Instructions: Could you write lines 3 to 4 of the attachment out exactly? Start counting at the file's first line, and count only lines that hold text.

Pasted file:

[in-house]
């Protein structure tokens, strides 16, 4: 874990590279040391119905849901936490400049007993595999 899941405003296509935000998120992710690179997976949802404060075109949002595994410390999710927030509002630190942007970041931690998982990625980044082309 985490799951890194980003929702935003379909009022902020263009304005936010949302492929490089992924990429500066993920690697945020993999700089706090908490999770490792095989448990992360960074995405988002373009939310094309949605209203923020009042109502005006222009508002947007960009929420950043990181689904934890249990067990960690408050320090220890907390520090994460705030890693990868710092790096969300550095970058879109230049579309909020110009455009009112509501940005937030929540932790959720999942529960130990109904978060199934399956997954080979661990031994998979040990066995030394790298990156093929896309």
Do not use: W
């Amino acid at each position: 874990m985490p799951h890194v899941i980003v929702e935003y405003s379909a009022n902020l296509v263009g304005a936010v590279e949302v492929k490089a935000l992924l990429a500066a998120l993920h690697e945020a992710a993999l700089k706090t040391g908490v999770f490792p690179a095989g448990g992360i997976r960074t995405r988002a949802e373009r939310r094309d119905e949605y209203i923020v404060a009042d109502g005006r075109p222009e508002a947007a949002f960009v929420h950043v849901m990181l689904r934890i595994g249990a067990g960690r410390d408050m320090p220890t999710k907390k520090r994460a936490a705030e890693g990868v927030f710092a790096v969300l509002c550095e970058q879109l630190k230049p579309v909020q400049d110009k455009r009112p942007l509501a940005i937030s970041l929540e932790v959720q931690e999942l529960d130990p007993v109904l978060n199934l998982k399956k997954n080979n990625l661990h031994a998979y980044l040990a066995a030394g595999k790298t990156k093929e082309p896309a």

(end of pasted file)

Do not use: W
């Amino acid at each position: 874990m985490p799951h890194v899941i980003v929702e935003y405003s379909a009022n902020l296509v263009g304005a936010v590279e949302v492929k490089a935000l992924l990429a500066a998120l993920h690697e945020a992710a993999l700089k706090t040391g908490v999770f490792p690179a095989g448990g992360i997976r960074t995405r988002a949802e373009r939310r094309d119905e949605y209203i923020v404060a009042d109502g005006r075109p222009e508002a947007a949002f960009v929420h950043v849901m990181l689904r934890i595994g249990a067990g960690r410390d408050m320090p220890t999710k907390k520090r994460a936490a705030e890693g990868v927030f710092a790096v969300l509002c550095e970058q879109l630190k230049p579309v909020q400049d110009k455009r009112p942007l509501a940005i937030s970041l929540e932790v959720q931690e999942l529960d130990p007993v109904l978060n199934l998982k399956k997954n080979n990625l661990h031994a998979y980044l040990a066995a030394g595999k790298t990156k093929e082309p896309a």